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La Trobe Business School

Month: February 2017

La Trobe Business School Sport Management student Rebecca Privitelli ready to tackle on and off-field career

La Trobe Business School Sport Management student, Rebecca Privitelli, is rising to prominence throughout Melbourne’s Northern suburbs by cashing in on a huge month in women’s sport.

The 21 year old will be competing in the inaugural AFLW competition in 2017, after being selected by Carlton with pick 142 in the national draft on October 12th this year.

She rounded out her exciting month by being named the first ever head coach of the Northern Knights Football Club women’s team on October 21st.

During this busy period Privitelli still found the time to continue her studies and complete her 120 hours placement at Ikon Park through La Trobe’s partnership with the Carlton Football club.

Speaking to La Trobe Sport earlier this year, Privitelli said growing up ‘she always had a passion for the sport’.

“My biggest dream was to become one of the first women to play in the AFL,” she said. “My love for the sport developed as I started playing and coaching, however I felt like there was an aspect of the game I was yet to be involved in.”

For Privitelli, this turned out to be working in the code she loved and getting vital exposure to the sport industry through her internship at Carlton.

Privitelli gets active during placement.

“Once I completed high school, I received my first job in football which primarily focused on development of the game at the grassroots level.  It was through this opportunity that I realised that a degree in Sports Management was a way I could transform my passion for AFL into a career in the industry.”

Choosing where to complete that Sports Management degree was not a decision Privitelli took lightly, hoping to balance her busy lifestyle while maximising her opportunities to become career-ready post degree.

“La Trobe stood out to me as the clear choice as they had the most extensive options for Sports Management.  The university also appealed to me as they were able to support my commitments as a footballer through the La Trobe Elite Athlete Program.”

“As I neared the end of my second year at La Trobe, placement options were at the forefront of my mind and when I was given the chance to undertake my placement at the Carlton Football Club I knew it was the moment I had been waiting for.”

“I was lucky to be offered a role at the club as a Community Outreach Officer along with nine other La Trobe students.”

The students’ responsibilities as Community Outreach Officers included being responsible for creating authentic experiences for fans and creating a sense of belonging for the community by delivering the Community and Diversity programs.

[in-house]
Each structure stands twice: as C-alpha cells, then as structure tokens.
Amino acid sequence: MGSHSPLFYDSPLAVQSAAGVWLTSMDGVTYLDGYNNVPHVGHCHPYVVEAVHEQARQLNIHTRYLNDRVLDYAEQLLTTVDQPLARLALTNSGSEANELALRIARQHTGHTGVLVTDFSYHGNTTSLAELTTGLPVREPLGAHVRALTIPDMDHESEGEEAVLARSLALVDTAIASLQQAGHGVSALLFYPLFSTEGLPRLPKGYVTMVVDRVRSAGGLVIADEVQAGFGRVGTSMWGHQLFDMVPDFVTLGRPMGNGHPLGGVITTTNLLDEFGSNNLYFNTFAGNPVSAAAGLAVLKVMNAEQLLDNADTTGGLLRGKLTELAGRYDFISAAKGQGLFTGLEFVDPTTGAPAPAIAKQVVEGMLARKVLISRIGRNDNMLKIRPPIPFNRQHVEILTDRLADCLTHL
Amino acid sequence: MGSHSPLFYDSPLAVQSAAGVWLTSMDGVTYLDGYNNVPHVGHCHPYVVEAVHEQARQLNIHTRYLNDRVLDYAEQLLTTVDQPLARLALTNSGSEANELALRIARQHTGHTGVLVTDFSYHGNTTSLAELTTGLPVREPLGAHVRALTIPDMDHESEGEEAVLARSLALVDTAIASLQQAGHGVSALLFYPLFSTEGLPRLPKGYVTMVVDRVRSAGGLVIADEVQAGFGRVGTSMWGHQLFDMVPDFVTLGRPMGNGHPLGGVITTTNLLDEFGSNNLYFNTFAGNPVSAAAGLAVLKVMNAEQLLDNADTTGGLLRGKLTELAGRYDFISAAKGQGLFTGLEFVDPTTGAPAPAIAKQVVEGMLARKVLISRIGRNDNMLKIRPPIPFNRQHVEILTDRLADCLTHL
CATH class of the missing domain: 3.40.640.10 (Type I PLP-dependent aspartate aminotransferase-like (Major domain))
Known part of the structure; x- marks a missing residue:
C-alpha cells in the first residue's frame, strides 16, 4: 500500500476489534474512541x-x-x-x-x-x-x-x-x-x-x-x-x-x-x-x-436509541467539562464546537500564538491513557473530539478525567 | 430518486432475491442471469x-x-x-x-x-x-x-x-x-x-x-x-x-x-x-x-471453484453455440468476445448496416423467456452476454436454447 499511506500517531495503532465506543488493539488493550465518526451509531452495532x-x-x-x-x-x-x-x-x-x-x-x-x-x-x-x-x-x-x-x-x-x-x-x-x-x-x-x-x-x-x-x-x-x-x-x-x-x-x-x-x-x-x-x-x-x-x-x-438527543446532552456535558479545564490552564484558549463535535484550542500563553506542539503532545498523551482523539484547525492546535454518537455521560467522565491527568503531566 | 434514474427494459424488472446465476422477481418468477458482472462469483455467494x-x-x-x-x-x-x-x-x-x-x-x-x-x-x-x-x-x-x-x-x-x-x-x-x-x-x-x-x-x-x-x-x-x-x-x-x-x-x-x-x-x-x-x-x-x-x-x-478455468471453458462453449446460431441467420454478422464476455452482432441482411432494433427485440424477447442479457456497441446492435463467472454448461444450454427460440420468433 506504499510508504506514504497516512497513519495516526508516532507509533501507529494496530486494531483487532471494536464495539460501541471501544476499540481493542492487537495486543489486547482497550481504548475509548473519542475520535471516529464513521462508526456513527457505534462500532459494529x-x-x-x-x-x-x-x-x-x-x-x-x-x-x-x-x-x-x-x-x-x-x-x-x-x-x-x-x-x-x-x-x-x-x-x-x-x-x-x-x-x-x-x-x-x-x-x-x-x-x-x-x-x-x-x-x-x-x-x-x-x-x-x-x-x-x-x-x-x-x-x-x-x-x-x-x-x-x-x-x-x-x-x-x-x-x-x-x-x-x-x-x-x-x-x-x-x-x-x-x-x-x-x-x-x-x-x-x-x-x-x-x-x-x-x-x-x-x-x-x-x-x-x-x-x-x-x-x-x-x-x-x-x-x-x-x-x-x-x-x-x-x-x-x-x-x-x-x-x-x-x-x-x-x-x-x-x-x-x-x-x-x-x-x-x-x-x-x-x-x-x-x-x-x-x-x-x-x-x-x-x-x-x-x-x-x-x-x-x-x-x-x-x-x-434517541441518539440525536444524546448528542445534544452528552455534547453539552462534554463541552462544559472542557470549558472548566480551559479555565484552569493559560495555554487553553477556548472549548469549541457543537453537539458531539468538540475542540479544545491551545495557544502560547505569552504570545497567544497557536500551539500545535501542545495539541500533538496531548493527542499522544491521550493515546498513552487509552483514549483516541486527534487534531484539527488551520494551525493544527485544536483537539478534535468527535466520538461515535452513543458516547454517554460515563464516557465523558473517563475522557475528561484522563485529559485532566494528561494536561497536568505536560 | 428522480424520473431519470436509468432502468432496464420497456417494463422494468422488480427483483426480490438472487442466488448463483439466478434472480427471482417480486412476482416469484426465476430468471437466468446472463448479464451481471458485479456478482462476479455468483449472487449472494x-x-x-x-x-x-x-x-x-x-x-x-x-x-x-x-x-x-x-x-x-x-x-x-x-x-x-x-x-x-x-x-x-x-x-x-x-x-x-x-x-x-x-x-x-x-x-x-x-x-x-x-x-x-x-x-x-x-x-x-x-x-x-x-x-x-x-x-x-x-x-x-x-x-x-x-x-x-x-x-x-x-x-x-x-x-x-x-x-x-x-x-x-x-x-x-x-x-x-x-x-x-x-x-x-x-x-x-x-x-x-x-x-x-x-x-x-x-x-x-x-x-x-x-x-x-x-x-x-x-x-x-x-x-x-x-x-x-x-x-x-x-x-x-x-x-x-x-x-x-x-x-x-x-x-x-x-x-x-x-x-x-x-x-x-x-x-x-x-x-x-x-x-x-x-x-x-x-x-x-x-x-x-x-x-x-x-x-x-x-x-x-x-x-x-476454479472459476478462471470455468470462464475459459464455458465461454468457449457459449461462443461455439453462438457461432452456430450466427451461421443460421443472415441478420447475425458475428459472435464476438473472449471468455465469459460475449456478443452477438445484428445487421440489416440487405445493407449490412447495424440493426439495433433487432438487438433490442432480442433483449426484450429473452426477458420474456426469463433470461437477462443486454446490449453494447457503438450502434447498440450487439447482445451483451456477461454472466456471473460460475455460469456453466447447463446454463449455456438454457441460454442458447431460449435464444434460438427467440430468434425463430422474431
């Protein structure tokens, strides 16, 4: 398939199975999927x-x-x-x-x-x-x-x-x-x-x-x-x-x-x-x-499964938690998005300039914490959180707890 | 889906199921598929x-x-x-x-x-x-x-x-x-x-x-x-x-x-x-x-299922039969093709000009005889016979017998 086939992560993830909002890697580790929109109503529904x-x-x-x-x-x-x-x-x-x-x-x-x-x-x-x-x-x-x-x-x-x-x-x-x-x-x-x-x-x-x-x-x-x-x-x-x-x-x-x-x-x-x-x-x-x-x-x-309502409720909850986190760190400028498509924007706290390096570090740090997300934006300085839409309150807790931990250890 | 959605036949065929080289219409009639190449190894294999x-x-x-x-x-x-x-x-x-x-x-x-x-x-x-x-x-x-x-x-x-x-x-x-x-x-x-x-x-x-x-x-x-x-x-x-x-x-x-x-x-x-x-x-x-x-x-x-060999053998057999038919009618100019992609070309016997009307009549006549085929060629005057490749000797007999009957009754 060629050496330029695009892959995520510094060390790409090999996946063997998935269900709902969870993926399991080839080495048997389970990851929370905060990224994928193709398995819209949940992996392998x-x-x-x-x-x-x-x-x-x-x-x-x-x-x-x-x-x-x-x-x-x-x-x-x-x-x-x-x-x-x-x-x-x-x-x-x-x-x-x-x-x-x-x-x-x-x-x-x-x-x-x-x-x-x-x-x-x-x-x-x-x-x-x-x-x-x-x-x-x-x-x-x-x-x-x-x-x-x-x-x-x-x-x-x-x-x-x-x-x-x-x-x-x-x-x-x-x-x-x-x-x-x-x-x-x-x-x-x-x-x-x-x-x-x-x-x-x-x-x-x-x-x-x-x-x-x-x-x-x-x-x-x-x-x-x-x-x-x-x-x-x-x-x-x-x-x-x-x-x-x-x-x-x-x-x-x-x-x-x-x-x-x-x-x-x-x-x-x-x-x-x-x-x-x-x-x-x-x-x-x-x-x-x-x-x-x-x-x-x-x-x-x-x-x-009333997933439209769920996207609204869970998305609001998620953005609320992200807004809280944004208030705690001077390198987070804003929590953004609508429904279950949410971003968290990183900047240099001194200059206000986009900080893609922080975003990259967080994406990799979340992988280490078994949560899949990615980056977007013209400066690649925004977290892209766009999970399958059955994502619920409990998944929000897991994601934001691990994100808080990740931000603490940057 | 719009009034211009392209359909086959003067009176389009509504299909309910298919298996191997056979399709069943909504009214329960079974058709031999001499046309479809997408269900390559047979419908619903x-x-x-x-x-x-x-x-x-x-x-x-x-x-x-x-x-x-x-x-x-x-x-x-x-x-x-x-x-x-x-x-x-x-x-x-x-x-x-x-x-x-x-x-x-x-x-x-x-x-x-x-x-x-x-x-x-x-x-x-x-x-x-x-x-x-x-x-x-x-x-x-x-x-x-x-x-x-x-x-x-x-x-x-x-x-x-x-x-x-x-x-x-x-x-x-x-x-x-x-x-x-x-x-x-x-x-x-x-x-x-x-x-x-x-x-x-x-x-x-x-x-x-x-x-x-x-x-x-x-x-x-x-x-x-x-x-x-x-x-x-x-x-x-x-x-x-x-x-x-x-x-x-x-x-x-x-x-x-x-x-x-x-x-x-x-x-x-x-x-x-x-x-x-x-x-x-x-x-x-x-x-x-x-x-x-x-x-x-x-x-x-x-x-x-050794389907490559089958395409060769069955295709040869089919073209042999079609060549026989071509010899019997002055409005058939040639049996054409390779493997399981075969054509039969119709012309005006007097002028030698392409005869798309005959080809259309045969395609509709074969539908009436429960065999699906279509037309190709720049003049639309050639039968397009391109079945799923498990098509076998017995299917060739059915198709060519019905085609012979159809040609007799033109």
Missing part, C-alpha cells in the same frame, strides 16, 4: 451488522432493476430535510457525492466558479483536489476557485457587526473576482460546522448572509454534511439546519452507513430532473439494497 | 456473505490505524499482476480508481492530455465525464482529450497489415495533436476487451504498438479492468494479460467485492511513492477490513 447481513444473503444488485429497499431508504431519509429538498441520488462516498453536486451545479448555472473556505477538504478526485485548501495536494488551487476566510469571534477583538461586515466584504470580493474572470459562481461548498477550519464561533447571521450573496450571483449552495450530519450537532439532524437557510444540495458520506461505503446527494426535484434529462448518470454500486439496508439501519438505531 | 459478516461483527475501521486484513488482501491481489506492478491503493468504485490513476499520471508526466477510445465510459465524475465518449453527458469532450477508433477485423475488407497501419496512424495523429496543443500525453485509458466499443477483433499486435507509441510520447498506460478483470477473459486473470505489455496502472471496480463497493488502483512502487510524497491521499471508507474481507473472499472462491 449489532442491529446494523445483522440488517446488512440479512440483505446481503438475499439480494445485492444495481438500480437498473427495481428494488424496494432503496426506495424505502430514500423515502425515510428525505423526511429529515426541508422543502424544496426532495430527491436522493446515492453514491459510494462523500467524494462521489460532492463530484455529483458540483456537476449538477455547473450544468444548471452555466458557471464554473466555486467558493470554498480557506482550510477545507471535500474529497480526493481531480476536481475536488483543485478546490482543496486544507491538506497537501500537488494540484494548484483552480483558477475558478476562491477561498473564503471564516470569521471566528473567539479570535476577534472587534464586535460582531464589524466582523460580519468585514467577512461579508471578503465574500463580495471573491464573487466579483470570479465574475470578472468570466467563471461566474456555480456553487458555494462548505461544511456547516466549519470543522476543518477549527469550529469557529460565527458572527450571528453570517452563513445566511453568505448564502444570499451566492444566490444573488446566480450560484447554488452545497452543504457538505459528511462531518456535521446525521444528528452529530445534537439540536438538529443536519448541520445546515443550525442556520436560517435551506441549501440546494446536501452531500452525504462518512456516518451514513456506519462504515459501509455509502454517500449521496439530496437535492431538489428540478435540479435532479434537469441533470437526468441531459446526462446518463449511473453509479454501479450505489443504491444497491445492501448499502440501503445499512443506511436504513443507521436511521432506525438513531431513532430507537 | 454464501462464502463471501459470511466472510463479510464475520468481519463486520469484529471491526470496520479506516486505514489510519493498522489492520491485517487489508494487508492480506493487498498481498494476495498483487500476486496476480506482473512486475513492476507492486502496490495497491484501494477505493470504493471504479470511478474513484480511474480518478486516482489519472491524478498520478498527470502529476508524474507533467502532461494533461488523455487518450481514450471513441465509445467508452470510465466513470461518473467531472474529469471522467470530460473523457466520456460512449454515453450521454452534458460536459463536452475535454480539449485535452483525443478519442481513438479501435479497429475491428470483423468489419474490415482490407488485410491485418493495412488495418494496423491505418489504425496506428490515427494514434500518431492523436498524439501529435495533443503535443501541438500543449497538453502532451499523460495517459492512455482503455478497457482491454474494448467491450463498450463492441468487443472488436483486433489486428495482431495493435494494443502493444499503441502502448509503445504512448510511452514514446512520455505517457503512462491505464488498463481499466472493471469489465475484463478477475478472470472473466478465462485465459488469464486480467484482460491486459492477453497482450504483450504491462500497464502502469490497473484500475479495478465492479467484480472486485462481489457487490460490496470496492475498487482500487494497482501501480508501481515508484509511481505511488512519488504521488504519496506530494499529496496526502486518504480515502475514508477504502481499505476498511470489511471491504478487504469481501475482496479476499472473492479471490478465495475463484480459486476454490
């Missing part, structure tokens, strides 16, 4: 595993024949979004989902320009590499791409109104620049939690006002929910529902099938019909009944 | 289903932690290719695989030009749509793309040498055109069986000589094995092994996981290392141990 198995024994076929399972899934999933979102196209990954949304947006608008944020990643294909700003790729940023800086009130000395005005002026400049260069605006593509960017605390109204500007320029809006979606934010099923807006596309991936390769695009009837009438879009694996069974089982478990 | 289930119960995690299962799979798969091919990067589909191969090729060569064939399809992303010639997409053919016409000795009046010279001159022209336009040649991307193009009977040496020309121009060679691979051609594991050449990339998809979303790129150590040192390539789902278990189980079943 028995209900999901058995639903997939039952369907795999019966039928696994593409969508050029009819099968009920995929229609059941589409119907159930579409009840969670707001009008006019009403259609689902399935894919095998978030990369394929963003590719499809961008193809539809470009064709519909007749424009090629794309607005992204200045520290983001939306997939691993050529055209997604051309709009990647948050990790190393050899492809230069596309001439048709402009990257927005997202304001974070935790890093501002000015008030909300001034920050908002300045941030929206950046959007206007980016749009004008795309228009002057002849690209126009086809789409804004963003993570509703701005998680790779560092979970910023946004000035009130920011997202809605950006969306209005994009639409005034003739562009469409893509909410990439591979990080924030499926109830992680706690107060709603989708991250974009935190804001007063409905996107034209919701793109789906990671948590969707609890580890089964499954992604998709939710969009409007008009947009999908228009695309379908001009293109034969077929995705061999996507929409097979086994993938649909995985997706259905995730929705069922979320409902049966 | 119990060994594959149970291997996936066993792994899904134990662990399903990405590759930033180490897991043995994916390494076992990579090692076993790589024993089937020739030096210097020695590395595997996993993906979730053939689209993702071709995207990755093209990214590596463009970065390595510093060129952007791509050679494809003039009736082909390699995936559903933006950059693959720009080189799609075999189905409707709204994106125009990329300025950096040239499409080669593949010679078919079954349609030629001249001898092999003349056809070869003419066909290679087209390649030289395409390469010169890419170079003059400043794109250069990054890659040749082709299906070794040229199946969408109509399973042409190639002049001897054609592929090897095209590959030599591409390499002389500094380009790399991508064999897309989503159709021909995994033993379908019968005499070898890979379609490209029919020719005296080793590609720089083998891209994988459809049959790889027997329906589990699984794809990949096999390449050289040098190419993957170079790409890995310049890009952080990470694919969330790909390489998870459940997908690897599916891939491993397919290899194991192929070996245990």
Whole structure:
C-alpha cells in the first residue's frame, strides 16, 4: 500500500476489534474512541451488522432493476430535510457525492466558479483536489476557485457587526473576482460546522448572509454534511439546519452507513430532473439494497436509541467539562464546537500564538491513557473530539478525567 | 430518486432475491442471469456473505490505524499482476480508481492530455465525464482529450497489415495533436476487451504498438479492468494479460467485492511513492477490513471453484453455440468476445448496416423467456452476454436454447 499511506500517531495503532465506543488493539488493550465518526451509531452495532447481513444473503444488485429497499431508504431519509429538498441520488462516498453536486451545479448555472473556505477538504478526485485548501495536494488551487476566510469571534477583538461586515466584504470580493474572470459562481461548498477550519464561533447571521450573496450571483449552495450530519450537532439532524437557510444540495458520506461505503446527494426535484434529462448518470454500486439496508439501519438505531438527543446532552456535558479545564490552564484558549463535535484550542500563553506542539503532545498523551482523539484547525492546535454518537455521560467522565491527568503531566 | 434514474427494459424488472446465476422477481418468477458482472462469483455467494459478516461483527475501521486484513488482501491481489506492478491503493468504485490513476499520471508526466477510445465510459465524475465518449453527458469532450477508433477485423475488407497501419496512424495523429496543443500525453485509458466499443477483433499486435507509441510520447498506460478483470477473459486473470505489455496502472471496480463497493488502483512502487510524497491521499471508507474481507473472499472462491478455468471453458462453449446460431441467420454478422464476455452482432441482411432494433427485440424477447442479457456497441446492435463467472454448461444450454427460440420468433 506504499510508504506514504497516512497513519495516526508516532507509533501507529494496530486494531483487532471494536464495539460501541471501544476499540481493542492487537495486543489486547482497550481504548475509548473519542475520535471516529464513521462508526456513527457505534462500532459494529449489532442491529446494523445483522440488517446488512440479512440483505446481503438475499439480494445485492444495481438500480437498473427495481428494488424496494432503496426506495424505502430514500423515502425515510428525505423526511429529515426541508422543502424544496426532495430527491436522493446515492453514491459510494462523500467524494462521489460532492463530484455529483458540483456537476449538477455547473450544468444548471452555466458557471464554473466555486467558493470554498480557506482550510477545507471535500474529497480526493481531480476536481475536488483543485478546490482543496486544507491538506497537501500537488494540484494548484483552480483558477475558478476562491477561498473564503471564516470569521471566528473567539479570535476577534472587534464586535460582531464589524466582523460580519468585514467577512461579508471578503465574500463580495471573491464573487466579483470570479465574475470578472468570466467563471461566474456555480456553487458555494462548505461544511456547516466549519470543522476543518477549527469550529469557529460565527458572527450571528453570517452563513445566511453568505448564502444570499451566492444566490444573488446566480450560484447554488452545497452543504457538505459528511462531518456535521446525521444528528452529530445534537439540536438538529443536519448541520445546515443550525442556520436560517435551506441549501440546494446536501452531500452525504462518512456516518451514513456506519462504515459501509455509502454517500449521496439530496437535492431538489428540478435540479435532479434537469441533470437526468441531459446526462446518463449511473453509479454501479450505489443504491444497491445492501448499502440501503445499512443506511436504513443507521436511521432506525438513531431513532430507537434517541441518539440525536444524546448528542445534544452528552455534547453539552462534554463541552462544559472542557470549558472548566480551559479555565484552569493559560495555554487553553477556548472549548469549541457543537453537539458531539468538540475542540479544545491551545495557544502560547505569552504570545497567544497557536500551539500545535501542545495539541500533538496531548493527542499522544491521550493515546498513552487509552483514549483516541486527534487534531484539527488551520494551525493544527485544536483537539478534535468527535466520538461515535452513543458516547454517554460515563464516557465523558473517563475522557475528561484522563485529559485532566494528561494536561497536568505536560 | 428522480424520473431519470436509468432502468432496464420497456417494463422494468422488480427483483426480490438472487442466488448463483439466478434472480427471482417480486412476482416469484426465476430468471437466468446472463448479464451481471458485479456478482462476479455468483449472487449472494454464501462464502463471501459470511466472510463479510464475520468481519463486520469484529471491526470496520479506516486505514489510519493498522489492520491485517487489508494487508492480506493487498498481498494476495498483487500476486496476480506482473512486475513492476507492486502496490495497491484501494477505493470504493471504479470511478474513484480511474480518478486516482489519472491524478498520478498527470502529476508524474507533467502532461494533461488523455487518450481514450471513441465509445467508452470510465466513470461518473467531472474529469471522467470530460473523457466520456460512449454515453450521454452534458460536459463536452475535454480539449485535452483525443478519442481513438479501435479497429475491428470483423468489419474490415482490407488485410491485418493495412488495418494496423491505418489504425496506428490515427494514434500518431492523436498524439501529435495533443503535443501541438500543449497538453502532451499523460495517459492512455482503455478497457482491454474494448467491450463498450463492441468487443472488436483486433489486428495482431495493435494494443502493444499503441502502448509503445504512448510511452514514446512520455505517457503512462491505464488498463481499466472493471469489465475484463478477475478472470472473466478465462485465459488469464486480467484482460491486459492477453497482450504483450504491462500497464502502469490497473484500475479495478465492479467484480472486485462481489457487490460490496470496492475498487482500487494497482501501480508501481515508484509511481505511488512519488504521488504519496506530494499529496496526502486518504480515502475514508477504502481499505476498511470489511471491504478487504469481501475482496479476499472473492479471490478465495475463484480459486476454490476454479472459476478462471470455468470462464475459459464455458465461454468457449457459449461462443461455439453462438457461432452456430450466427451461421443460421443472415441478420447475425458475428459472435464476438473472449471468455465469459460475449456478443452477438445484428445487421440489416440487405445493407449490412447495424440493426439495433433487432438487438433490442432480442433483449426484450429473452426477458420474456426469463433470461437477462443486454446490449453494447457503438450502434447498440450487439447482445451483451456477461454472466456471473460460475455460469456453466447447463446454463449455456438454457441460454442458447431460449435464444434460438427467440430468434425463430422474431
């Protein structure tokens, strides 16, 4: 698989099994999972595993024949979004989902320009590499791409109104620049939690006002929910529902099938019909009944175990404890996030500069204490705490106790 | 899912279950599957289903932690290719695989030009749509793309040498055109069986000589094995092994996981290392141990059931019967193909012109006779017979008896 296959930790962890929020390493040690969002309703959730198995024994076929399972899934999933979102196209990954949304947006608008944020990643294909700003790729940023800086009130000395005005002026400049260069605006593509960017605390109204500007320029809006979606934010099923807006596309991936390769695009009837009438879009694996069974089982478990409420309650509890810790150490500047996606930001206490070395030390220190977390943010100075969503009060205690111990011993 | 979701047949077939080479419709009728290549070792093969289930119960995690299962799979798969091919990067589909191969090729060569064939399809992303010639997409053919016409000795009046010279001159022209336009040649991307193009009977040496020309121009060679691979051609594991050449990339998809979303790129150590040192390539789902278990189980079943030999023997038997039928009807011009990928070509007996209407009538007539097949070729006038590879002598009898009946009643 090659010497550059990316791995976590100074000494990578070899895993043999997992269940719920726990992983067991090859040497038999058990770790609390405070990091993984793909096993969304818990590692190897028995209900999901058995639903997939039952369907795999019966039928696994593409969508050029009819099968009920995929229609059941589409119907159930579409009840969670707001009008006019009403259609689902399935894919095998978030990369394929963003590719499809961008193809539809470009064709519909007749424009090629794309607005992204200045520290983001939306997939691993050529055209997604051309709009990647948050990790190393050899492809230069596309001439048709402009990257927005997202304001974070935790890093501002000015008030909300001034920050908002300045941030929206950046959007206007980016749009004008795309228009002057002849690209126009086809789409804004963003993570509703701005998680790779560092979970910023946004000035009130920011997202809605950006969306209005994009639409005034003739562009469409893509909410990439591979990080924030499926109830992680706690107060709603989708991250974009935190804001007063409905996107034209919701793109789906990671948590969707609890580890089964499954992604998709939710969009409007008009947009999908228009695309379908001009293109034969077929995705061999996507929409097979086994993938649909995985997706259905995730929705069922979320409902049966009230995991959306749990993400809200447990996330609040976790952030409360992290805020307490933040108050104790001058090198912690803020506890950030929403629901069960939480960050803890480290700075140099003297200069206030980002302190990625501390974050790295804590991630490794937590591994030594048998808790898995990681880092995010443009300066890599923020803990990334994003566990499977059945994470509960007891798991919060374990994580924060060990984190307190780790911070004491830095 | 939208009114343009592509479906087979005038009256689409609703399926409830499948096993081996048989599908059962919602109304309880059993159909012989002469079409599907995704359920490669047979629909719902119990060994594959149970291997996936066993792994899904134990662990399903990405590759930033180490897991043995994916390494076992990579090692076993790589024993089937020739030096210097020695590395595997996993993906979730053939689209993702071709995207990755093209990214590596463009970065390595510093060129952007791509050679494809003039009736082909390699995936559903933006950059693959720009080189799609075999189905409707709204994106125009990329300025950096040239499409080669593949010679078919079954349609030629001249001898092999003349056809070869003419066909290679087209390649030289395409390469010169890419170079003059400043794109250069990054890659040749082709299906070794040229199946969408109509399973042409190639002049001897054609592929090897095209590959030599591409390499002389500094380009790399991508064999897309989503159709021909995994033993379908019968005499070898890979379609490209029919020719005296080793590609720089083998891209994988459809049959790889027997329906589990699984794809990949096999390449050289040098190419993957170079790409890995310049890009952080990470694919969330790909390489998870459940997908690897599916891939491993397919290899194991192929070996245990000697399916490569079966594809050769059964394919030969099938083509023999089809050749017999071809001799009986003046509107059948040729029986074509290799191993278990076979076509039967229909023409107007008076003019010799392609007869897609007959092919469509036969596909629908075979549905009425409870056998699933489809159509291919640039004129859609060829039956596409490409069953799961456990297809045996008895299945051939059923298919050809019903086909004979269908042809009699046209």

Privitelli (front left) with fellow students, Carlton Staff and Sport Management co-ordinator Pam Kappelides at Ikon Park.

“I’ve had the opportunity to assist a range of people both internal and external to the club, building my network of industry professionals in the process.”

This network includes students and teachers within the Northern corridor, people within communities from different cultural backgrounds and people involved in the women’s AFL academy.”

Privitelli feels that the experience gained throughout the internship, along with the knowledge gained from her degree has equipped her to to start a successful career in the sport industry.

“The experience gained throughout my placement has significantly enhanced my communication and leadership skills.”

“Everything I have learnt throughout my placement in conjunction with the knowledge gained from my degree at La Trobe University leaves me feeling like I can enter the workforce with confidence.”

“I can now complete my degree with the belief that I am well positioned to tackle any challenge that comes my way.”

This article was originally published on the La Trobe University internships blog.

Geraldine Kennett on Australian Leadership: “Envisage, Enable, Empower and Engage”

By Joseph Ghaly

Geraldine Kennett talks to Joseph Ghaly about Australian Leadership. Dr Geraldine Kennett is Professor of Practice in Management and Director of External Engagement at the La Trobe Business School, La Trobe University.

Joseph Ghaly: Geraldine, what are the unique qualities and features of Australian Leadership?
Geraldine Kennett: A sense of openness. We are a little bit more relaxed and laid back. I think it’s a part of the Australian culture so our leadership emulates that.

I don’t believe we always draw on international leadership practices because we tend to be more parochial and domestically focussed, particularly our corporate leadership.